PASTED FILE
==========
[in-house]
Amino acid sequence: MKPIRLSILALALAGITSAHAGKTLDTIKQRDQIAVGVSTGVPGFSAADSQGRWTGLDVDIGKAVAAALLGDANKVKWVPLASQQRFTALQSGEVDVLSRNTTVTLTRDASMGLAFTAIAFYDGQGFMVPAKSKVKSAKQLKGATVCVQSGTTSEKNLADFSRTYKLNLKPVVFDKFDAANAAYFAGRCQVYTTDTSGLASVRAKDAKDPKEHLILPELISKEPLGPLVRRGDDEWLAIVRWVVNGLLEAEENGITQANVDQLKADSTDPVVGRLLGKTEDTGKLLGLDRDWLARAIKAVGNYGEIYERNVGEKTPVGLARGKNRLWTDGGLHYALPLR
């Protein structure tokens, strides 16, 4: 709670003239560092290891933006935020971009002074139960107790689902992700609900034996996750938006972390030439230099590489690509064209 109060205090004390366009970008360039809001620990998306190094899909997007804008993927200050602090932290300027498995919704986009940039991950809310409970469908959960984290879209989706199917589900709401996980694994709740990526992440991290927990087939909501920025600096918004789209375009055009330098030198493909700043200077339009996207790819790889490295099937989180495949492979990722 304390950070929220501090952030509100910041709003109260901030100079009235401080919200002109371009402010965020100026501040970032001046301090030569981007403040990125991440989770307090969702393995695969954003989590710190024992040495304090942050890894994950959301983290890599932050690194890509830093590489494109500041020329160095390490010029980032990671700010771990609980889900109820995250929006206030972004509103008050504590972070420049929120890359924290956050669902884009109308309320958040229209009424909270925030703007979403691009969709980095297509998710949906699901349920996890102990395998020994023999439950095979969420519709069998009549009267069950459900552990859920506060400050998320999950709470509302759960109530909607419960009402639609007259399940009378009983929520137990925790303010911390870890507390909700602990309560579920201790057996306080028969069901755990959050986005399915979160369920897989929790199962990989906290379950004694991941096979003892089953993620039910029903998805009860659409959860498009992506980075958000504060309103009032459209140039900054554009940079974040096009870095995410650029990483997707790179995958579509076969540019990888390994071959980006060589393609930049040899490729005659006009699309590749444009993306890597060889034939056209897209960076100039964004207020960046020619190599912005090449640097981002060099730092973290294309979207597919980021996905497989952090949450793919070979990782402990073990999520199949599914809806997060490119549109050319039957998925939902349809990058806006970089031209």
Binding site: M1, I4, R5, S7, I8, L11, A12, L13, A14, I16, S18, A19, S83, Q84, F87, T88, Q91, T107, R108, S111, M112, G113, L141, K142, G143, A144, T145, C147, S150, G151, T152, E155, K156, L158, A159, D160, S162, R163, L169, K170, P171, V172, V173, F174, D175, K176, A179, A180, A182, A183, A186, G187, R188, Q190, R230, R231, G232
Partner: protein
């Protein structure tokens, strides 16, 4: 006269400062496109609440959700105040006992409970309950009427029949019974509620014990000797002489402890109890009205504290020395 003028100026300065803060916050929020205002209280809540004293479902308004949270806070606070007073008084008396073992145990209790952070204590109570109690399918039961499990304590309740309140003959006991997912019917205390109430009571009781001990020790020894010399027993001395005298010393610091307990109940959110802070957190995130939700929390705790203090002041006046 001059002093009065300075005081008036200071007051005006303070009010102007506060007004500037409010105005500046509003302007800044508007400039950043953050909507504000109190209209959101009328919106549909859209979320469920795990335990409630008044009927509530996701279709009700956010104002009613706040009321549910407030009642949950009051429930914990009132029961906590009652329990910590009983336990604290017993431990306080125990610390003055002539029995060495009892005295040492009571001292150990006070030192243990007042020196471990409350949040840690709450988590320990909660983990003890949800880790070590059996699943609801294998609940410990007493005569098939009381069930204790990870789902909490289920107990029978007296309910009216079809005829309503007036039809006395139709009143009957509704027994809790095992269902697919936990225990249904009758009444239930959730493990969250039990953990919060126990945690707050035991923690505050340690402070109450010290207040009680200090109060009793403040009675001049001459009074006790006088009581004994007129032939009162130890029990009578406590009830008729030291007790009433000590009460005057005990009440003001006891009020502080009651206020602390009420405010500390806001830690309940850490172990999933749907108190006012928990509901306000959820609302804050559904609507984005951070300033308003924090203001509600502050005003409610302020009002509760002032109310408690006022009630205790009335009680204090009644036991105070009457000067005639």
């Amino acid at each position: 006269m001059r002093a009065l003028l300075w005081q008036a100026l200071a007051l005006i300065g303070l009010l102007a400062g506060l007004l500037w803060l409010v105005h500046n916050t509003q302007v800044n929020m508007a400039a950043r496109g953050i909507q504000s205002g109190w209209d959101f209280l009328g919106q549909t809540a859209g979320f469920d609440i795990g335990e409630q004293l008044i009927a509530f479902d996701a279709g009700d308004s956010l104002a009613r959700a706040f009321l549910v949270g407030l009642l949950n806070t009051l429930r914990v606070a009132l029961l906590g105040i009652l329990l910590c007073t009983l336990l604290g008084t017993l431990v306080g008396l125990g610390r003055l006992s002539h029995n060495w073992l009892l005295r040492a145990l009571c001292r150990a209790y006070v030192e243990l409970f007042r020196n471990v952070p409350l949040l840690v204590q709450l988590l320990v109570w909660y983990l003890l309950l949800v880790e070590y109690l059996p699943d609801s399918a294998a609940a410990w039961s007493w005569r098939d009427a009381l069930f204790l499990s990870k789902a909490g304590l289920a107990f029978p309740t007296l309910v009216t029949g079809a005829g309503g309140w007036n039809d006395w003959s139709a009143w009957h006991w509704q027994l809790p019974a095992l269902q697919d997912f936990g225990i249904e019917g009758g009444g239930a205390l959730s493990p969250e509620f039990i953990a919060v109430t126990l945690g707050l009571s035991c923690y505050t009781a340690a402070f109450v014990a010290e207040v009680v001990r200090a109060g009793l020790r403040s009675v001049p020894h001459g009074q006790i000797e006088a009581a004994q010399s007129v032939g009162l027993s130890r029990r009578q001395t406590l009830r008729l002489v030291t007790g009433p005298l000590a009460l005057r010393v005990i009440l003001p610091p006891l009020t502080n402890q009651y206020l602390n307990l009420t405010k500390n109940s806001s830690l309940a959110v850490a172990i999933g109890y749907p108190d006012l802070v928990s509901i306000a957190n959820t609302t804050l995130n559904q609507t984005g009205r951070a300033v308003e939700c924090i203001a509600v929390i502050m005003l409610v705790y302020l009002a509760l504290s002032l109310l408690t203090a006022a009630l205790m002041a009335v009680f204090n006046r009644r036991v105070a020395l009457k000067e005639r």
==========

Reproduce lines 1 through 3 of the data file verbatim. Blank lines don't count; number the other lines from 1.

[in-house]
Amino acid sequence: MKPIRLSILALALAGITSAHAGKTLDTIKQRDQIAVGVSTGVPGFSAADSQGRWTGLDVDIGKAVAAALLGDANKVKWVPLASQQRFTALQSGEVDVLSRNTTVTLTRDASMGLAFTAIAFYDGQGFMVPAKSKVKSAKQLKGATVCVQSGTTSEKNLADFSRTYKLNLKPVVFDKFDAANAAYFAGRCQVYTTDTSGLASVRAKDAKDPKEHLILPELISKEPLGPLVRRGDDEWLAIVRWVVNGLLEAEENGITQANVDQLKADSTDPVVGRLLGKTEDTGKLLGLDRDWLARAIKAVGNYGEIYERNVGEKTPVGLARGKNRLWTDGGLHYALPLR
């Protein structure tokens, strides 16, 4: 709670003239560092290891933006935020971009002074139960107790689902992700609900034996996750938006972390030439230099590489690509064209 109060205090004390366009970008360039809001620990998306190094899909997007804008993927200050602090932290300027498995919704986009940039991950809310409970469908959960984290879209989706199917589900709401996980694994709740990526992440991290927990087939909501920025600096918004789209375009055009330098030198493909700043200077339009996207790819790889490295099937989180495949492979990722 304390950070929220501090952030509100910041709003109260901030100079009235401080919200002109371009402010965020100026501040970032001046301090030569981007403040990125991440989770307090969702393995695969954003989590710190024992040495304090942050890894994950959301983290890599932050690194890509830093590489494109500041020329160095390490010029980032990671700010771990609980889900109820995250929006206030972004509103008050504590972070420049929120890359924290956050669902884009109308309320958040229209009424909270925030703007979403691009969709980095297509998710949906699901349920996890102990395998020994023999439950095979969420519709069998009549009267069950459900552990859920506060400050998320999950709470509302759960109530909607419960009402639609007259399940009378009983929520137990925790303010911390870890507390909700602990309560579920201790057996306080028969069901755990959050986005399915979160369920897989929790199962990989906290379950004694991941096979003892089953993620039910029903998805009860659409959860498009992506980075958000504060309103009032459209140039900054554009940079974040096009870095995410650029990483997707790179995958579509076969540019990888390994071959980006060589393609930049040899490729005659006009699309590749444009993306890597060889034939056209897209960076100039964004207020960046020619190599912005090449640097981002060099730092973290294309979207597919980021996905497989952090949450793919070979990782402990073990999520199949599914809806997060490119549109050319039957998925939902349809990058806006970089031209």